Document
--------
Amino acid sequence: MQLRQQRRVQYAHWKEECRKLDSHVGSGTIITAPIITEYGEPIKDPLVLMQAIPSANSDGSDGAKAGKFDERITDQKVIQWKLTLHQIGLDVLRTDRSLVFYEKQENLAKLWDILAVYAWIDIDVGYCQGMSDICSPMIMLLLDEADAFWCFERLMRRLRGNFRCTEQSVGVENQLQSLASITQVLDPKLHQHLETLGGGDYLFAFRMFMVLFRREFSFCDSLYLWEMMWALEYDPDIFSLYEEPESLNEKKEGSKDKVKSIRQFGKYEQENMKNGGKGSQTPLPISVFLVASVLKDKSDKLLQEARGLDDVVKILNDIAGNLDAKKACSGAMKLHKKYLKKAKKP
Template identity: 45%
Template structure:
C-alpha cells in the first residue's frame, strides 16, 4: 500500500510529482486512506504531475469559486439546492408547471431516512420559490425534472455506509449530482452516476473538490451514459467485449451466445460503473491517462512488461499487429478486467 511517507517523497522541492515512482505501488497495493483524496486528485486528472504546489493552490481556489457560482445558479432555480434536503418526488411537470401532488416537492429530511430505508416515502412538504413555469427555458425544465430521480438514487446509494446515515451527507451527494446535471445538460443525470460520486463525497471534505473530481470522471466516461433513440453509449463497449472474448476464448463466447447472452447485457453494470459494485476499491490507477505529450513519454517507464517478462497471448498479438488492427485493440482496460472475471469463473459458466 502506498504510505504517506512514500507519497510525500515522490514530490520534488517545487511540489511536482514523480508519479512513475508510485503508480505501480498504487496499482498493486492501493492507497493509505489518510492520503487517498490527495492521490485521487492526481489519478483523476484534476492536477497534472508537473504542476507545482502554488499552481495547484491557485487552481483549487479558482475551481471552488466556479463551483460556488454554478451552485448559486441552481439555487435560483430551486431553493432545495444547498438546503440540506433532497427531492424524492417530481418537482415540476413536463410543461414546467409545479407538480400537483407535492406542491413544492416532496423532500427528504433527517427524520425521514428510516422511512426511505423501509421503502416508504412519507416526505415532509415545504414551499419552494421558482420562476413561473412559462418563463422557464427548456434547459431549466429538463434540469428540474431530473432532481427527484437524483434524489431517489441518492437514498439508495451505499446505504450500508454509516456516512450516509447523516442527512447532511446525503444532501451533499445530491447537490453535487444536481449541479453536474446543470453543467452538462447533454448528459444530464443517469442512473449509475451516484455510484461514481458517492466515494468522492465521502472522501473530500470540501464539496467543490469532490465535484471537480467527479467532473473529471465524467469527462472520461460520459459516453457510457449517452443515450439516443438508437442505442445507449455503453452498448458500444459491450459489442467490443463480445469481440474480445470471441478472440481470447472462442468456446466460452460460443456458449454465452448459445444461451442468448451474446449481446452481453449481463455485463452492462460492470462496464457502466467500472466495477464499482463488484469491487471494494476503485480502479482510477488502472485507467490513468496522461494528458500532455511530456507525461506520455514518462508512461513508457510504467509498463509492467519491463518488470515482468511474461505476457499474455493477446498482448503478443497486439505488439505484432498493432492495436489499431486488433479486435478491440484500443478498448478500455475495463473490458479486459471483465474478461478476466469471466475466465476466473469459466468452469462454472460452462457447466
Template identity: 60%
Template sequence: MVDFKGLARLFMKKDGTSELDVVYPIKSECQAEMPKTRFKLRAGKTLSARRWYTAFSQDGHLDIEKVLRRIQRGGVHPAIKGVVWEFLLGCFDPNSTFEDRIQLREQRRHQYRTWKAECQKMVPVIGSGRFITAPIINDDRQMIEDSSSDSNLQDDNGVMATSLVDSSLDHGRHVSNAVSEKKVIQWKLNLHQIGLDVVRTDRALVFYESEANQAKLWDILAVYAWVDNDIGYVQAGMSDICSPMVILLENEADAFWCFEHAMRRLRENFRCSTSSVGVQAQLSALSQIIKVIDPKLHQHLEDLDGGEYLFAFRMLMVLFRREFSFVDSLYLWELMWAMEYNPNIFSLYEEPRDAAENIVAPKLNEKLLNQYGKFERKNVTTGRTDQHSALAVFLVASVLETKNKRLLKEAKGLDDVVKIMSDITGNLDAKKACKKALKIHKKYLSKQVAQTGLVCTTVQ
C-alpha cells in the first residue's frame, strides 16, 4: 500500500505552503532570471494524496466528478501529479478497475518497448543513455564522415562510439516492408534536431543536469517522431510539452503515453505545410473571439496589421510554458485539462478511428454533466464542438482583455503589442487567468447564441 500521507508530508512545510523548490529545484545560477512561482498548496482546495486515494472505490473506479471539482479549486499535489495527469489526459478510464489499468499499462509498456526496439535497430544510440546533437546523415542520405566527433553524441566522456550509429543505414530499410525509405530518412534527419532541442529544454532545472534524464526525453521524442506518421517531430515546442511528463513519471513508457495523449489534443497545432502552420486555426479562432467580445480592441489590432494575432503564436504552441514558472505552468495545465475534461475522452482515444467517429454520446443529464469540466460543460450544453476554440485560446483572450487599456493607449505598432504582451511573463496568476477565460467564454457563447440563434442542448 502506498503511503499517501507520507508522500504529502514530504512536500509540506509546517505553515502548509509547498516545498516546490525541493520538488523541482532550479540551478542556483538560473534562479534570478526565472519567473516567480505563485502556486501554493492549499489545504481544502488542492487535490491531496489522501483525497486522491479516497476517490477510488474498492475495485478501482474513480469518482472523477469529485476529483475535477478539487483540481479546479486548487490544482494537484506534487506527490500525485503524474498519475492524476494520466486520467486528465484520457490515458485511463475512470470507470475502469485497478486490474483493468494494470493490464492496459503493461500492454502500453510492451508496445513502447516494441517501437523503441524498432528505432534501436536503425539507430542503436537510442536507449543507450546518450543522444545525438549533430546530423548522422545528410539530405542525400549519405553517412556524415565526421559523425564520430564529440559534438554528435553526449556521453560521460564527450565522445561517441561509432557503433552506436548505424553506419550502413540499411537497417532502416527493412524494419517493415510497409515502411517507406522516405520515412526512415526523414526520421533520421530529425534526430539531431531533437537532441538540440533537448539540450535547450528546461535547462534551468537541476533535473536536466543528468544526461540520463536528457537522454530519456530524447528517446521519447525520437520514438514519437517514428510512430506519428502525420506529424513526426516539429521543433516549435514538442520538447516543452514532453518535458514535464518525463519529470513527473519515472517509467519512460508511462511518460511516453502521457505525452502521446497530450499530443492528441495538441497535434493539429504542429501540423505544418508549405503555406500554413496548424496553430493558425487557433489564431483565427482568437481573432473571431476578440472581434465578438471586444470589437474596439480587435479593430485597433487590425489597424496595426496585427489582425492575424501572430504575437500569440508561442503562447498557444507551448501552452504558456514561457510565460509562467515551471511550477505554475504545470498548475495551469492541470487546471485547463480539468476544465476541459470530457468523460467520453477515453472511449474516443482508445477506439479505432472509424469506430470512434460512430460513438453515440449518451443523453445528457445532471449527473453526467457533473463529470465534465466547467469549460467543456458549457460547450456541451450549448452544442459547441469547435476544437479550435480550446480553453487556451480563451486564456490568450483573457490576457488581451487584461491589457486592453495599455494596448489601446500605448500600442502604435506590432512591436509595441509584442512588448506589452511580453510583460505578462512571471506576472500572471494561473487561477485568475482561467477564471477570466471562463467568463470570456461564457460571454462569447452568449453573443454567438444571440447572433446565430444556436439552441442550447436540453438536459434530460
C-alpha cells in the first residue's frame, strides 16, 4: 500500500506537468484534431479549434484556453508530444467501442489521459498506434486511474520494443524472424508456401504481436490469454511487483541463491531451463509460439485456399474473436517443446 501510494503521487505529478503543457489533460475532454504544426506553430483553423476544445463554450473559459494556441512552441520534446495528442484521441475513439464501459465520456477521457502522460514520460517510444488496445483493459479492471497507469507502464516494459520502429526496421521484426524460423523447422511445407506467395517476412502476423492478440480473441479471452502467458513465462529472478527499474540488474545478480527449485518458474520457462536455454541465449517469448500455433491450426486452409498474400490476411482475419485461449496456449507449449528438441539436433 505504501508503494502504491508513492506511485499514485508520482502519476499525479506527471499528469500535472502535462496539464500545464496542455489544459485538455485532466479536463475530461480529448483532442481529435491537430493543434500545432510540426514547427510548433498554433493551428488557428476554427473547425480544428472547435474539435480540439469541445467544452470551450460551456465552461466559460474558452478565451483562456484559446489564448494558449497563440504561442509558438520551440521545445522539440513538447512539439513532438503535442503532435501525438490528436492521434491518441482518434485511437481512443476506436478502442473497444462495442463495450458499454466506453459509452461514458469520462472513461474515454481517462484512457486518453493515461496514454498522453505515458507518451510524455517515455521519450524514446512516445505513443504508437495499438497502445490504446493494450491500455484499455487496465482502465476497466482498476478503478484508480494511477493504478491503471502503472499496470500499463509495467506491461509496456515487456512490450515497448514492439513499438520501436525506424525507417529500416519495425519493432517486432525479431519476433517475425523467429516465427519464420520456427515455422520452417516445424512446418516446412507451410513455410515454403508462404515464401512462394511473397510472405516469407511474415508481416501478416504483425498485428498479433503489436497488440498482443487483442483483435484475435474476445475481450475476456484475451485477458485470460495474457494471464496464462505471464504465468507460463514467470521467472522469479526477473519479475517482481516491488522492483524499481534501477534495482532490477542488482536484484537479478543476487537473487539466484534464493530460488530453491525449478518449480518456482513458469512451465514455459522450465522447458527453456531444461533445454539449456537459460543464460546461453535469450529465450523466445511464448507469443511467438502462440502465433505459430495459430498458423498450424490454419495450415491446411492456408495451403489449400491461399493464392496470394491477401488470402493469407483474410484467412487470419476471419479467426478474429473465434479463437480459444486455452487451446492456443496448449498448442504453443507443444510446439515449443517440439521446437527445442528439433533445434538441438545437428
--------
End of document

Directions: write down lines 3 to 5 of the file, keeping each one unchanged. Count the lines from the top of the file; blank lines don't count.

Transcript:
Template structure:
C-alpha cells in the first residue's frame, strides 16, 4: 500500500510529482486512506504531475469559486439546492408547471431516512420559490425534472455506509449530482452516476473538490451514459467485449451466445460503473491517462512488461499487429478486467 511517507517523497522541492515512482505501488497495493483524496486528485486528472504546489493552490481556489457560482445558479432555480434536503418526488411537470401532488416537492429530511430505508416515502412538504413555469427555458425544465430521480438514487446509494446515515451527507451527494446535471445538460443525470460520486463525497471534505473530481470522471466516461433513440453509449463497449472474448476464448463466447447472452447485457453494470459494485476499491490507477505529450513519454517507464517478462497471448498479438488492427485493440482496460472475471469463473459458466 502506498504510505504517506512514500507519497510525500515522490514530490520534488517545487511540489511536482514523480508519479512513475508510485503508480505501480498504487496499482498493486492501493492507497493509505489518510492520503487517498490527495492521490485521487492526481489519478483523476484534476492536477497534472508537473504542476507545482502554488499552481495547484491557485487552481483549487479558482475551481471552488466556479463551483460556488454554478451552485448559486441552481439555487435560483430551486431553493432545495444547498438546503440540506433532497427531492424524492417530481418537482415540476413536463410543461414546467409545479407538480400537483407535492406542491413544492416532496423532500427528504433527517427524520425521514428510516422511512426511505423501509421503502416508504412519507416526505415532509415545504414551499419552494421558482420562476413561473412559462418563463422557464427548456434547459431549466429538463434540469428540474431530473432532481427527484437524483434524489431517489441518492437514498439508495451505499446505504450500508454509516456516512450516509447523516442527512447532511446525503444532501451533499445530491447537490453535487444536481449541479453536474446543470453543467452538462447533454448528459444530464443517469442512473449509475451516484455510484461514481458517492466515494468522492465521502472522501473530500470540501464539496467543490469532490465535484471537480467527479467532473473529471465524467469527462472520461460520459459516453457510457449517452443515450439516443438508437442505442445507449455503453452498448458500444459491450459489442467490443463480445469481440474480445470471441478472440481470447472462442468456446466460452460460443456458449454465452448459445444461451442468448451474446449481446452481453449481463455485463452492462460492470462496464457502466467500472466495477464499482463488484469491487471494494476503485480502479482510477488502472485507467490513468496522461494528458500532455511530456507525461506520455514518462508512461513508457510504467509498463509492467519491463518488470515482468511474461505476457499474455493477446498482448503478443497486439505488439505484432498493432492495436489499431486488433479486435478491440484500443478498448478500455475495463473490458479486459471483465474478461478476466469471466475466465476466473469459466468452469462454472460452462457447466
Template identity: 60%